On 2nd September 2012 I visited the site. The camera location can be established quite accurately by the alignment of the hills on the far side of the loch, and up into Glen Urquhart. I had earlier put myself in LS's shoes and asked where would I carry out the photography? I have some bales of mouldy hay left over from the previous year that require disposal now that the new stock has arrived. These weigh at least 40 lb each. I put them on my vehicle at the byre behind my cottage and drive down the 400 metre track to the junction with the "main road". I then carry them the minimum distance, which is straight across the road and 30 metres down to the beach. The view from that spot matches the view shown in the 1951 photograph.


Above is a wide-angle view taken with a Fuji Finepix AX245W at the "widest zoom" setting, on a tripod 1.20 metres above water level.  I have measured the view as being 57.6 degrees horizontally. The yellow arrow at the left marks the property named "Woodlands" , and the one on the right points to "Tychat". These are in my estimation the left and right limits of the 1951 photograph. Using GoogleEarth I measured the bearing of Tychat to be 292 degrees, and Woodlands to be 246 degrees. The horizontal angle of view in the 1951 photograph would therefore appear to be about (292 - 246) 46 degrees.

Lachlan Stuart is said to have used a "simple box camera", and this almost inevitably will have been an "8 on 120" type with a 90mm focal length lens giving a landscape format of  84mm x 56mm, i.e. 50 degrees by 33 degrees. This would look like the image below:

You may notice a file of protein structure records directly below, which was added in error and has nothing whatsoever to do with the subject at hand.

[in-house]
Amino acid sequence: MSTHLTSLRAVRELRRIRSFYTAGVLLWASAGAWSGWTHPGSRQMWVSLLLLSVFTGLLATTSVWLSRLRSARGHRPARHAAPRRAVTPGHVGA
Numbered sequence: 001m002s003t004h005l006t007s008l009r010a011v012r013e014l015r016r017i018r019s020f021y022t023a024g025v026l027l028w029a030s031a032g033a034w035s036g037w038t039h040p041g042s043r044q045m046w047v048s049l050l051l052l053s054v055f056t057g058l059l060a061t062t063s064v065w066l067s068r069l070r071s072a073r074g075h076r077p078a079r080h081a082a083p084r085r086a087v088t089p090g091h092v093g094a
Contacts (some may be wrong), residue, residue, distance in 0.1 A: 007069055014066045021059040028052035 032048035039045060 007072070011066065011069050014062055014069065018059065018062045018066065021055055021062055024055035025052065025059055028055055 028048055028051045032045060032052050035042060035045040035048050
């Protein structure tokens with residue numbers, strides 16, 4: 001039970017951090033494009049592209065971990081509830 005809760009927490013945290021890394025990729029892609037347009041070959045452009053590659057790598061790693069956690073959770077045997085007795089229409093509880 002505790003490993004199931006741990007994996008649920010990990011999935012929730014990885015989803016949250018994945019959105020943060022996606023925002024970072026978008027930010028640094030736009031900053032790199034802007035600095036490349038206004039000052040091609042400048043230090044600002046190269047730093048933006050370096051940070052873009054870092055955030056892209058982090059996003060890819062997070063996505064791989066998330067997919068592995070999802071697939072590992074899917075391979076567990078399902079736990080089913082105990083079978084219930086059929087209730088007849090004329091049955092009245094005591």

This suggests that a little image has been trimmed off the width, and more off the height. Two versions are shown here, the dark grey border at the bottom "almost certainly" was cut off, while the pale grey below and to the left "may" also have been cut off the original if it was originally 50 degrees by 33. It is possible that the photograph was trimmed by removing sky at the top of the photo, but in keeping with the spirit of the joke it makes more sense to remove the distracting beach in the foreground.

A modern photograph from close to the same location at NH55559 29661. A still frame taken with a

Sony  DCR-TRV25E at "widest zoom" or shortest focal length setting, mounted about 75cm above water level.

 Copyright Dick Raynor 2012   Right-click on the image, then select "play"

Above is a short sequence in which the images have been aligned and resized and merge into each other.

4. Tests with real bales of hay.


Looking towards the loch from the road...

Part way down the bank.


Some days later, two bales of fresh hay were obtained and wrapped in black polythene sheeting, sealed with duct tape.

The sizes were approximately 40 x 50 x 100 cm and weighed between 20 and 25 kg. When initially launched they floated high in the water, consistent with their SG of around 0.13.  Ballast stones were added and the plastic wrapping sheet was pierced to allow water into the bales, and after a few tens of minutes the bales better resembled the objects in the LS 1951 photograph, at which point some video recordings were made.  It should be noted that this was not an attempt to replicate the Lachlan Stuart Photograph, but simply to demonstrate that Richard Frere's account  of a conversation with Mr Stuart in which he confided that the photograph showed bales of hay was technically credible, and therefore the most likely explanation of the image offered to date. One photo is shown below, blended in with the LS 1951 photograph.